Hello my Zebras and Spoonies! Thanks for coming and hanging out with me today, I’m glad that you are here. Today I am going to be talking about human rights in context of our friendships. Something that I have been seeing a lot on social media is a phrase that goes something like “How about we accept that we can be friends with people who have different opinions about rights.” And my response is: No. This is not correct. I cannot be friends with someone that is in favor of stripping away human rights from anyone. This is not a difference of opinion, but rather a matter of ethics.Continue reading “Ethics Are Not Opinions”
Hello my Zebras and Spoonies! Thanks for coming and hanging out with me today, I’m glad that you are here. Today I am going to be talking about Roe vs Wade. It has been pretty impossible as of late to avoid this topic in the news. And for good reason. The talk of over turning this landmark decision could have major impact on the way the all of us receive health care. Because the truth is that Roe vs Wade is about a lot more then just abortion rights. So, let’s get into it.Continue reading “Roe vs Wade”
Hello my Zebras and Spoonies! Thanks for coming and hanging out with me today, I’m glad that you are here. Today I’m going to be talking about medical ethics, specifically “Do No Harm.”
Of all the Hippocratic writings the Oath, in spite of its shortness, is perhaps the most interesting to the general reader and also to the modern medical person. The idea of not doing the patient harm is within the Oath, but the phrase “Do No Harm” is not. Whatever its origin, it is a landmark in the ethics of medicine. It is a declaration that the purpose of medical knowledge is solely for healing. The Oath is the oldest known written work that speaks to Biomedical Ethics. And the idea that it expresses is still at the center of all bio-ethical debates today.Continue reading “Do No Harm”
Mandatory vaccination for a small portion of the population (regardless of which portion) will not achieve herd immunity and thus will not achieve the effect of protecting the public while it is infringing in medical autonomy; something that healthcare professionals do not acquiesce as part of our profession. If mandatory vaccination is required for public safety then why is it not being mandated for all people? A grocery clerk is a higher vector (an organism that transmits a disease or parasite from one animal to another) risk then myself given the number of customers they serve in a day compared to the 5 patients I have in a shift. Yet, the clerk is not mandated. Why is that? Either mandate the vaccine for everyone because it’s that important or don’t mandate it at all because this selection of a small group achieves little.Continue reading “Mandatory Covid Vaccination”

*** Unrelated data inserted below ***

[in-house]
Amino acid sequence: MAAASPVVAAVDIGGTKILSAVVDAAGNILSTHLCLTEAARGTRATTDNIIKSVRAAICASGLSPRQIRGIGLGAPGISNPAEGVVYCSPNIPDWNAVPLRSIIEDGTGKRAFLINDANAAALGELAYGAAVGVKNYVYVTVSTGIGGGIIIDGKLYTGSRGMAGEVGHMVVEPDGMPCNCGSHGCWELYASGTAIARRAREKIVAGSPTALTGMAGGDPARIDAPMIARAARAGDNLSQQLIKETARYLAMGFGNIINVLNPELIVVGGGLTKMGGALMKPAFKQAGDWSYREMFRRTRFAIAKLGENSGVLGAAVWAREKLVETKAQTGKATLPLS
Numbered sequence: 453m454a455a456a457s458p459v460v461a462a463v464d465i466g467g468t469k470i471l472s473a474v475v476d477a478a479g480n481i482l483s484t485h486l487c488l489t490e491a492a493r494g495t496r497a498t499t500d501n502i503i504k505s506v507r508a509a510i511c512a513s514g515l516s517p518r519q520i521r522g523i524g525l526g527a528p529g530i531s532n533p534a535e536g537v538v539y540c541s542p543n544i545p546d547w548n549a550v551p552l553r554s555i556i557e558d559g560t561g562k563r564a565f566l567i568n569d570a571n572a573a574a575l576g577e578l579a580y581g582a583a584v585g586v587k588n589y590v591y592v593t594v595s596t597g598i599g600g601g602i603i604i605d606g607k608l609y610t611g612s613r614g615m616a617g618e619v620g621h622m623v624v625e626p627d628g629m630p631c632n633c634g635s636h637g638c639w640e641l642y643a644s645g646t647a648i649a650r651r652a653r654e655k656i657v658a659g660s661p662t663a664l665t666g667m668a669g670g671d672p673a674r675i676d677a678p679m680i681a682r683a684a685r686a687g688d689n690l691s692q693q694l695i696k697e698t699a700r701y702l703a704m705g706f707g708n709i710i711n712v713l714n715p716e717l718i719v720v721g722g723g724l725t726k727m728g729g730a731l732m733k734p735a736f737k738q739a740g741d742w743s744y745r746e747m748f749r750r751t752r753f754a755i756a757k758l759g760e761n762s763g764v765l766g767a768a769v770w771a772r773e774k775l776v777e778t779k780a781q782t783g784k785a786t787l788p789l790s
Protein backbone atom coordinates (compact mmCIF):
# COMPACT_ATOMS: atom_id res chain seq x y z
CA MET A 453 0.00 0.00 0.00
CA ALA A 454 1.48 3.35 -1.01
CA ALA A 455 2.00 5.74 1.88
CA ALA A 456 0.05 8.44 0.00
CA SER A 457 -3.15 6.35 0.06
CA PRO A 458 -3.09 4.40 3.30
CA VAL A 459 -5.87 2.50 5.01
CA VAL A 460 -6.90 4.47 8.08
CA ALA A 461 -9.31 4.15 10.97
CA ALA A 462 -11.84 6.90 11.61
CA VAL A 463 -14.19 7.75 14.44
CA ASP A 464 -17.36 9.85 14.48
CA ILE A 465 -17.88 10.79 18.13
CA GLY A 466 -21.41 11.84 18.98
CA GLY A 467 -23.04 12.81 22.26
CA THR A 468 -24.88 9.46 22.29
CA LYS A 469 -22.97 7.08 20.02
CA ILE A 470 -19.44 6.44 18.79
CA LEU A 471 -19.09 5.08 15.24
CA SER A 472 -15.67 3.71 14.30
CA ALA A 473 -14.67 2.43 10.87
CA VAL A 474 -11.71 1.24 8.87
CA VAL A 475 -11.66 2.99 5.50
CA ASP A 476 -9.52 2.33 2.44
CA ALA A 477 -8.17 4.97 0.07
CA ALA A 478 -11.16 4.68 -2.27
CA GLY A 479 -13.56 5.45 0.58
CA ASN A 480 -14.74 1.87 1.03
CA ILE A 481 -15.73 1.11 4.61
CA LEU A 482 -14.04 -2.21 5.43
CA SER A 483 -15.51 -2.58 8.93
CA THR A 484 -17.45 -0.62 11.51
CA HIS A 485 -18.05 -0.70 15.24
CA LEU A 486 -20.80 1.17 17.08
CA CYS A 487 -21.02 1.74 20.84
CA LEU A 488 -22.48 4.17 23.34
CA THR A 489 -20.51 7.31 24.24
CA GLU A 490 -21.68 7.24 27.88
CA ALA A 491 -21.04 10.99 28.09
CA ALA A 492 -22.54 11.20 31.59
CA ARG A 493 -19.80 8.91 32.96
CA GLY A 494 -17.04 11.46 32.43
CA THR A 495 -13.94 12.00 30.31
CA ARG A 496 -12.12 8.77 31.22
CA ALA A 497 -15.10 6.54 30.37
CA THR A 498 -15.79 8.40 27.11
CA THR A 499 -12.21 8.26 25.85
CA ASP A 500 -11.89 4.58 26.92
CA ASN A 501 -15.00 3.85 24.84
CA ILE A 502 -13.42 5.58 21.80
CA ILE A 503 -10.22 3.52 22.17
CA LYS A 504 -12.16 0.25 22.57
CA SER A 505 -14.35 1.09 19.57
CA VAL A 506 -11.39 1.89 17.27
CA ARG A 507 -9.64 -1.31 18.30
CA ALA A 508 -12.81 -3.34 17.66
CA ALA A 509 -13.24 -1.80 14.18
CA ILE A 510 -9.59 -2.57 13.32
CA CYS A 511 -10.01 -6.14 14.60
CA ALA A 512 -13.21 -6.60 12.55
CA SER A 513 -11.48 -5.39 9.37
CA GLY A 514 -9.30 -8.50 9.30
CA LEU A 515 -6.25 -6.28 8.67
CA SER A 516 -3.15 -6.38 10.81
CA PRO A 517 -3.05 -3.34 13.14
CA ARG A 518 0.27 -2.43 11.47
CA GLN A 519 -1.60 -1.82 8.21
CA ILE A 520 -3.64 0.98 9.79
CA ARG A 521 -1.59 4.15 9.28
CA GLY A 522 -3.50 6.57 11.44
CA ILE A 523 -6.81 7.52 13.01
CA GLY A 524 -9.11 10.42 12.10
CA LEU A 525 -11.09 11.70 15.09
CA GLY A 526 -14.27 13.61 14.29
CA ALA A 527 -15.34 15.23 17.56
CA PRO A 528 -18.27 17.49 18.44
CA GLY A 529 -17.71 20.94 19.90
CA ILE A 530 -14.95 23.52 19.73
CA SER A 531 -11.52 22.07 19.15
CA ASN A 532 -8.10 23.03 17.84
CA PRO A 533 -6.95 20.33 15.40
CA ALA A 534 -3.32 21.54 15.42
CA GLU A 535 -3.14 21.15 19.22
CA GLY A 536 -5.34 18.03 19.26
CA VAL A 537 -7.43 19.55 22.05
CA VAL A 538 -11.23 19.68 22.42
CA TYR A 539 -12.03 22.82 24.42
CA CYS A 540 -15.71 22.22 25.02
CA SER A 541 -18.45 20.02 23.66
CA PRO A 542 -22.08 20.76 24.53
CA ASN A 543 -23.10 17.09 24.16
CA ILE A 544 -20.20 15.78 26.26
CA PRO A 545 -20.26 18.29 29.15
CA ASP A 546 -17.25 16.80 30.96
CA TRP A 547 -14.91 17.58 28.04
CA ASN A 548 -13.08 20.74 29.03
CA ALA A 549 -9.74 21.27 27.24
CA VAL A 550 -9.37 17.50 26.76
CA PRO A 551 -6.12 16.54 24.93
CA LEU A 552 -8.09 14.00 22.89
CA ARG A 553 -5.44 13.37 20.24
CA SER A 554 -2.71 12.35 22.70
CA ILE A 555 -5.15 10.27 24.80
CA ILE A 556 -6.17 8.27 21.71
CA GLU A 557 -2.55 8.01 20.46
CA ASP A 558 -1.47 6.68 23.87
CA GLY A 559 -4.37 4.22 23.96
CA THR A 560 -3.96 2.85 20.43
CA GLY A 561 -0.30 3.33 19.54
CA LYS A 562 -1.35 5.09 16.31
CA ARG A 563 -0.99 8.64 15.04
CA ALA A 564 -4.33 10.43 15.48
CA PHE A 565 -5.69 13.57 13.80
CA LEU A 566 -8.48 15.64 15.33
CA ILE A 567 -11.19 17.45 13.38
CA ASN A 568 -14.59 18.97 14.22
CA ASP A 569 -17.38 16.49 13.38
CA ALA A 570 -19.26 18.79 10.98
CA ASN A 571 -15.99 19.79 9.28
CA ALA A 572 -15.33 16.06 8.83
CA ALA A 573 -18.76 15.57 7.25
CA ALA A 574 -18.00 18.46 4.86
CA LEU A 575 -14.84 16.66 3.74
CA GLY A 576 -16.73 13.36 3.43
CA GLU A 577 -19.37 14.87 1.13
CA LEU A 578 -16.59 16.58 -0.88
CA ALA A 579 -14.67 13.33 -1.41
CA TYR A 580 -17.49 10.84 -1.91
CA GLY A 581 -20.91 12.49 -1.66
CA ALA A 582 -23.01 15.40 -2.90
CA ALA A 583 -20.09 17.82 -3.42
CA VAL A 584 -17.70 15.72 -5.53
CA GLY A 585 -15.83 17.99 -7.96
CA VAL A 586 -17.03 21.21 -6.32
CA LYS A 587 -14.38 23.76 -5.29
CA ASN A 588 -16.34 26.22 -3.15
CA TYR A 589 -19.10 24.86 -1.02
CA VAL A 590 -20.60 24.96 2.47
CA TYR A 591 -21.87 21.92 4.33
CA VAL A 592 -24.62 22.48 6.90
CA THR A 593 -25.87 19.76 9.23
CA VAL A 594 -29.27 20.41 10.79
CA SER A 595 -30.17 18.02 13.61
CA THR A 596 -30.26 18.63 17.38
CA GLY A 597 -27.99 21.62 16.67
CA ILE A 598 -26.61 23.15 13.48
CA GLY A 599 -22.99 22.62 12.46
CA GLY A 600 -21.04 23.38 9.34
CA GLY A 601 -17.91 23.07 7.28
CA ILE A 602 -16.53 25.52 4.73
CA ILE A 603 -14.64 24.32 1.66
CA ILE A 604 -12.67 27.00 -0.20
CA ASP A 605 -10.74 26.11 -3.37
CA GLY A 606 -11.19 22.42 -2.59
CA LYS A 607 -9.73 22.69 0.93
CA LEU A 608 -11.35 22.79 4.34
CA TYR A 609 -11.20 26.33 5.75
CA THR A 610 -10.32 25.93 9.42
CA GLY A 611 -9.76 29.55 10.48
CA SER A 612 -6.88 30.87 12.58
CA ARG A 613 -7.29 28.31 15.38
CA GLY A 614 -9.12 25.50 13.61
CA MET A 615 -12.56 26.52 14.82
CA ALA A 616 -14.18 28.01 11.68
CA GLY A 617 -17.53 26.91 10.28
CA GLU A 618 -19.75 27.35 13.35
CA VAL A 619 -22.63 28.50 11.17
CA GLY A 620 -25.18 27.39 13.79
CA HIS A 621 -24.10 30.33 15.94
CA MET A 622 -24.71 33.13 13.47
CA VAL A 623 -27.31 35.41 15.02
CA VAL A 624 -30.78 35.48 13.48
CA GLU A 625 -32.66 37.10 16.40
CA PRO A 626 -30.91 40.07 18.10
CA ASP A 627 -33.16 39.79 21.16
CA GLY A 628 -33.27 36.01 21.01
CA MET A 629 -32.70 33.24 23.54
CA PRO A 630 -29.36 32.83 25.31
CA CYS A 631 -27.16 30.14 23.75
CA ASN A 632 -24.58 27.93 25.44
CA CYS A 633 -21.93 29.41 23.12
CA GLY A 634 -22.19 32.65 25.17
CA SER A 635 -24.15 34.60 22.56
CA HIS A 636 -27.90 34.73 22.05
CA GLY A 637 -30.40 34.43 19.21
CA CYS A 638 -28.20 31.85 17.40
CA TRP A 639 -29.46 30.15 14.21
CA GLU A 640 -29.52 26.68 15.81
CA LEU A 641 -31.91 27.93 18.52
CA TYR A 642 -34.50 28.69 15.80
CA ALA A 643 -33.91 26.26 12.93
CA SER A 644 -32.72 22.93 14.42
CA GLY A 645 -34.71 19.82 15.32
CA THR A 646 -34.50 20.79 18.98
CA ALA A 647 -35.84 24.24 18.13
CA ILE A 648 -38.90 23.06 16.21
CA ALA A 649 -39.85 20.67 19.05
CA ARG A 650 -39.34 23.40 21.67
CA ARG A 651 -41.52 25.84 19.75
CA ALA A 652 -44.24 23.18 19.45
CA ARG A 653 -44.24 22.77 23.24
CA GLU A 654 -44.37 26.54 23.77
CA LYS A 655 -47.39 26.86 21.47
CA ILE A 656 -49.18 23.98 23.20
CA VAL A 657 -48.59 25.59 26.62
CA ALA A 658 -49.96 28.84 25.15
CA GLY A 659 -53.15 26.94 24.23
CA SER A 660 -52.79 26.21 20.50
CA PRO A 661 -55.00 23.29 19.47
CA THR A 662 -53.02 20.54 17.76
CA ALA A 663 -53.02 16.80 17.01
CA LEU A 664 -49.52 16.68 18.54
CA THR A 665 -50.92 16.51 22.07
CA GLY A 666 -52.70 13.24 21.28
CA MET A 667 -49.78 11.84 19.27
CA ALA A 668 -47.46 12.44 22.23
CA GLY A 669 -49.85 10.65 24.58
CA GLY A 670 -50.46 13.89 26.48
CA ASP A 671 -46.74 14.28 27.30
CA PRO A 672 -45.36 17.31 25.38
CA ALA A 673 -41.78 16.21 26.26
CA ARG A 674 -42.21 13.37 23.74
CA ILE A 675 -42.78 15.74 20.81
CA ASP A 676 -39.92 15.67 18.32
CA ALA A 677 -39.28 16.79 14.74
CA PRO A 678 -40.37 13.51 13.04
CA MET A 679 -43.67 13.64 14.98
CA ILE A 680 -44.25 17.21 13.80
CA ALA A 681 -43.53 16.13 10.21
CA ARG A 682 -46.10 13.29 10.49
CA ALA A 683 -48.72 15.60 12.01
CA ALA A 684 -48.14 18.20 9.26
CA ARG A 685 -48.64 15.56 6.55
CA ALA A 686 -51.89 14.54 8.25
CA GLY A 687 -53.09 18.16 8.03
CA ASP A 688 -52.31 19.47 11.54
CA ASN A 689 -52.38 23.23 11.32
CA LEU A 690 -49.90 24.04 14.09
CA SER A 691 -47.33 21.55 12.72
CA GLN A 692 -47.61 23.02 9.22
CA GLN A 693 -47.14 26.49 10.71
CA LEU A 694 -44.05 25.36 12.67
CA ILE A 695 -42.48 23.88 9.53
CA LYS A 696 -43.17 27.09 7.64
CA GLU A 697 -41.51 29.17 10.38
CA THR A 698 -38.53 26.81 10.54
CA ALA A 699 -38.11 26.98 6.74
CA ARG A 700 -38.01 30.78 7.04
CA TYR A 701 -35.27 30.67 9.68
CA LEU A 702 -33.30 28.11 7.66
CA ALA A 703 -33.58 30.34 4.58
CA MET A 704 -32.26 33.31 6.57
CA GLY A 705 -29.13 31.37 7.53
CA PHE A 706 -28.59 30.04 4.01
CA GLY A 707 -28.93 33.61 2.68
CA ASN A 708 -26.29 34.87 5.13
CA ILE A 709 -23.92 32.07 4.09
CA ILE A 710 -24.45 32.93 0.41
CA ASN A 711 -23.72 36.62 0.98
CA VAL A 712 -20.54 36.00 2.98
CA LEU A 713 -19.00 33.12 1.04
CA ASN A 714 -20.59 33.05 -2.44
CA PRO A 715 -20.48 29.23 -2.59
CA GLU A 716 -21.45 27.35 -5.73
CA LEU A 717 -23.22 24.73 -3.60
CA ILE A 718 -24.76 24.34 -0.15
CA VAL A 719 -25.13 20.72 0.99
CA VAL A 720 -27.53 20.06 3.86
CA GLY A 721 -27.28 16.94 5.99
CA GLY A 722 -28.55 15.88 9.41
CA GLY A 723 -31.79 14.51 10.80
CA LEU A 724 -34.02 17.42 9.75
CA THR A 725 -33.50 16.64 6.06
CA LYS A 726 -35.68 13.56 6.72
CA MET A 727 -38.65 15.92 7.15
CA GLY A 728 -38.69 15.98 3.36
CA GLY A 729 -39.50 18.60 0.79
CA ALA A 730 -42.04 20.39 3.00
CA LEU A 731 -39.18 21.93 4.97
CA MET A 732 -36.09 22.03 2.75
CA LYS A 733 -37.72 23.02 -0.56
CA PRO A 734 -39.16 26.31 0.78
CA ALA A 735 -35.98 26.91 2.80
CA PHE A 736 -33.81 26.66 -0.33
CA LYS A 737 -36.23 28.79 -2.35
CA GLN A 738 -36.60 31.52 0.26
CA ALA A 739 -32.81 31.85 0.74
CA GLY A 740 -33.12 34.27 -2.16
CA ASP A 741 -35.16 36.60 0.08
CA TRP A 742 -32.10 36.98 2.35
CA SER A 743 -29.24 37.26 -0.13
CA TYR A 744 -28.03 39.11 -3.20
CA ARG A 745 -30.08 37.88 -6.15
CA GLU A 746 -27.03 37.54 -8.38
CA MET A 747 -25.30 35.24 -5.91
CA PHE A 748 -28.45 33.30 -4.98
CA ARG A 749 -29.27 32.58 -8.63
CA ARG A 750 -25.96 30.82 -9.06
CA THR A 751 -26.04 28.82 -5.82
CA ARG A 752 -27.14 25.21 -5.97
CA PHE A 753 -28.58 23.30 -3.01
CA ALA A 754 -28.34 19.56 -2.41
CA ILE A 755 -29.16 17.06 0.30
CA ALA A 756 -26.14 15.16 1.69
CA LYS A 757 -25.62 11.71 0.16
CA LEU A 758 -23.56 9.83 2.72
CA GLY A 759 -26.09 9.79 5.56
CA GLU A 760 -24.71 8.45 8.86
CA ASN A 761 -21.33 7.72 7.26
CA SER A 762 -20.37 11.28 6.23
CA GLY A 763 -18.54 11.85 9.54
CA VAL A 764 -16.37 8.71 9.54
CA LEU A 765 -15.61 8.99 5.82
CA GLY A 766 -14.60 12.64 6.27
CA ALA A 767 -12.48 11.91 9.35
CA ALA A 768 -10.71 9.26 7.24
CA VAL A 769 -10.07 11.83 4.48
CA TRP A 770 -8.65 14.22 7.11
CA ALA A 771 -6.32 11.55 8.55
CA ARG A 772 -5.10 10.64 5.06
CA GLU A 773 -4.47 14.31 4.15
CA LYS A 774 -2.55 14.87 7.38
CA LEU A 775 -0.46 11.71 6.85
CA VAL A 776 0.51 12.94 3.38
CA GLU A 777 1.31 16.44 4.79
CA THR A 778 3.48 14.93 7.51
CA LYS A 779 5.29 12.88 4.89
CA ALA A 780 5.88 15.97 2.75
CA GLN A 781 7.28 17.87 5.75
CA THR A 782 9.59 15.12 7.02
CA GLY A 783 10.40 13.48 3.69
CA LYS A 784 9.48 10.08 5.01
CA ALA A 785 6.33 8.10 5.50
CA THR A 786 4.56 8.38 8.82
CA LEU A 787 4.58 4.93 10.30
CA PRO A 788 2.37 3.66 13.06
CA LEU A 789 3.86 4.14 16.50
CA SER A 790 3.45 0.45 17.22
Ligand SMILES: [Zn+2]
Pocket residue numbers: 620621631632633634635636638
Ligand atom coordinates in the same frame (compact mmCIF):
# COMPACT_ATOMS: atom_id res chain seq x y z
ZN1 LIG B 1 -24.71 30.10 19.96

The ethical idea of “do no harm” is one most of us have heard and attribute to the Hippocratic Oath. Medical providers don’t actually abide by this at all, rather something more along the line of “let the benifits always out weight the risks.” Because the truth is that medical providers cause their patients harm all the time. There is no course of treatment (even choosing not to treat) that does not come with some level of risk for a negative out come. It becomes the job of the medical provider to help the patient to weigh the risk vs benefits for various treatment options.Continue reading “Do No Harm VS Personal Autonomy”
Ethics is the portion of philosophical thought that considers what is right and wrong. Ethics is broken down into 3 categories: Metaethics, Normative Ethics and Applied Ethics. Metaethics is abstract and related to a wide range of more specific practical questions. Such as “What is truth?” Normative ethics is the study of ethical action and is founded upon metaethical discussions. Simply stated, normative ethics refers to standards of behavior that tell us how human beings ought to act in the many situations in which they find themselves. Applied ethics is a discipline of philosophy that attempts to apply ethical theory to real-life situation. The discipline has many specialized fields, such as biomedical ethics.Continue reading “What is Ethics?”
Let me present you with some startling statistics.
Postural Orthostatic Tachycardia Syndrome (POTS) occurs in about ten percent of the population. This disease occurs at the same rate as Diabetes Mellitus (DM).
On average, a patient sees seven doctors before they are diagnosed with POTS. This means they get an incorrect diagnosis seven times before receiving the correct diagnosis. While many patients with DM go undiagnosed for a long period due to mild or no symptoms, they usually only see a single doctor to get the correct diagnosis.Continue reading “Prevelence”